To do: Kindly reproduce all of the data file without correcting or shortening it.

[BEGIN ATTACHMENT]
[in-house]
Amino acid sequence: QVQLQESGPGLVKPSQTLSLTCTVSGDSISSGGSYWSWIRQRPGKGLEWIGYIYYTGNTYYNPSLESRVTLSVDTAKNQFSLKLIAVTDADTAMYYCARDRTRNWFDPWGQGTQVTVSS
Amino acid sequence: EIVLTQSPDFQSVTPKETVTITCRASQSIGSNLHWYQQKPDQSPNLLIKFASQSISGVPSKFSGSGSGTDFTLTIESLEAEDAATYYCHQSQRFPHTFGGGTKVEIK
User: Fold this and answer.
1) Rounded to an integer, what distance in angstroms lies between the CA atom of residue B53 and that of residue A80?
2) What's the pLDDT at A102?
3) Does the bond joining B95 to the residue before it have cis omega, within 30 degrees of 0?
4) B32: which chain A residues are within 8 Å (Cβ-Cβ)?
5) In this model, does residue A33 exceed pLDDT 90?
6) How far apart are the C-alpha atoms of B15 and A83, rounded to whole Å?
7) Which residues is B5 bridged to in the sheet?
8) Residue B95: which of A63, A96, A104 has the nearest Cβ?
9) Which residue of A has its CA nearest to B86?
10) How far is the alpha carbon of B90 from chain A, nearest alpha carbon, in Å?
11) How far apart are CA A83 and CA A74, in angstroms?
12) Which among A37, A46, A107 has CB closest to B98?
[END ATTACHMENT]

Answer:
[in-house]
Amino acid sequence: QVQLQESGPGLVKPSQTLSLTCTVSGDSISSGGSYWSWIRQRPGKGLEWIGYIYYTGNTYYNPSLESRVTLSVDTAKNQFSLKLIAVTDADTAMYYCARDRTRNWFDPWGQGTQVTVSS
Amino acid sequence: EIVLTQSPDFQSVTPKETVTITCRASQSIGSNLHWYQQKPDQSPNLLIKFASQSISGVPSKFSGSGSGTDFTLTIESLEAEDAATYYCHQSQRFPHTFGGGTKVEIK
User: Fold this and answer.
1) Rounded to an integer, what distance in angstroms lies between the CA atom of residue B53 and that of residue A80?
2) What's the pLDDT at A102?
3) Does the bond joining B95 to the residue before it have cis omega, within 30 degrees of 0?
4) B32: which chain A residues are within 8 Å (Cβ-Cβ)?
5) In this model, does residue A33 exceed pLDDT 90?
6) How far apart are the C-alpha atoms of B15 and A83, rounded to whole Å?
7) Which residues is B5 bridged to in the sheet?
8) Residue B95: which of A63, A96, A104 has the nearest Cβ?
9) Which residue of A has its CA nearest to B86?
10) How far is the alpha carbon of B90 from chain A, nearest alpha carbon, in Å?
11) How far apart are CA A83 and CA A74, in angstroms?
12) Which among A37, A46, A107 has CB closest to B98?